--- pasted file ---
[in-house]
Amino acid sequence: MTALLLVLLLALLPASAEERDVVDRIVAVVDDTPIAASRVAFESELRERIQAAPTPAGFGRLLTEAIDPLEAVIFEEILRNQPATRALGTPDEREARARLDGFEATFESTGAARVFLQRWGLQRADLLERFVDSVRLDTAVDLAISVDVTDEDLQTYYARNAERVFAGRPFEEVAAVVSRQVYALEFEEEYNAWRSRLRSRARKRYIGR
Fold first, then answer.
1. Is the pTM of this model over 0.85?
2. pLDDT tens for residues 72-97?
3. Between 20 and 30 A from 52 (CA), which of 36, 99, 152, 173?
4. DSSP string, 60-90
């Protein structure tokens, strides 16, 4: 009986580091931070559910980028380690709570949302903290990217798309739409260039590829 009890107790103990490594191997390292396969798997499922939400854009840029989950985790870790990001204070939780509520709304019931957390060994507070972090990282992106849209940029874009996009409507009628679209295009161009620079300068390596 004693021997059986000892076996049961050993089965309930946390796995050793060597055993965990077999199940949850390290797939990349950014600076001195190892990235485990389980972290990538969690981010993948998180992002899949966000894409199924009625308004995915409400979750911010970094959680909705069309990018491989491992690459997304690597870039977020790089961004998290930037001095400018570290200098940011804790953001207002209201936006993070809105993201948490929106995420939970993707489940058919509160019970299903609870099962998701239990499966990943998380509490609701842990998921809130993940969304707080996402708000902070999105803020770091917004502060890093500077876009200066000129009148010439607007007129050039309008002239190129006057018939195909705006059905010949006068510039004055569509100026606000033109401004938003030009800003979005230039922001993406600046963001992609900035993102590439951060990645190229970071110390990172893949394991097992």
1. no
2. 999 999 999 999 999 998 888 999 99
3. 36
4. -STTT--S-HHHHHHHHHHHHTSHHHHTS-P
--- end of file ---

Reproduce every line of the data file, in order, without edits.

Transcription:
[in-house]
Amino acid sequence: MTALLLVLLLALLPASAEERDVVDRIVAVVDDTPIAASRVAFESELRERIQAAPTPAGFGRLLTEAIDPLEAVIFEEILRNQPATRALGTPDEREARARLDGFEATFESTGAARVFLQRWGLQRADLLERFVDSVRLDTAVDLAISVDVTDEDLQTYYARNAERVFAGRPFEEVAAVVSRQVYALEFEEEYNAWRSRLRSRARKRYIGR
Fold first, then answer.
1. Is the pTM of this model over 0.85?
2. pLDDT tens for residues 72-97?
3. Between 20 and 30 A from 52 (CA), which of 36, 99, 152, 173?
4. DSSP string, 60-90
């Protein structure tokens, strides 16, 4: 009986580091931070559910980028380690709570949302903290990217798309739409260039590829 009890107790103990490594191997390292396969798997499922939400854009840029989950985790870790990001204070939780509520709304019931957390060994507070972090990282992106849209940029874009996009409507009628679209295009161009620079300068390596 004693021997059986000892076996049961050993089965309930946390796995050793060597055993965990077999199940949850390290797939990349950014600076001195190892990235485990389980972290990538969690981010993948998180992002899949966000894409199924009625308004995915409400979750911010970094959680909705069309990018491989491992690459997304690597870039977020790089961004998290930037001095400018570290200098940011804790953001207002209201936006993070809105993201948490929106995420939970993707489940058919509160019970299903609870099962998701239990499966990943998380509490609701842990998921809130993940969304707080996402708000902070999105803020770091917004502060890093500077876009200066000129009148010439607007007129050039309008002239190129006057018939195909705006059905010949006068510039004055569509100026606000033109401004938003030009800003979005230039922001993406600046963001992609900035993102590439951060990645190229970071110390990172893949394991097992």
1. no
2. 999 999 999 999 999 998 888 999 99
3. 36
4. -STTT--S-HHHHHHHHHHHHTSHHHHTS-P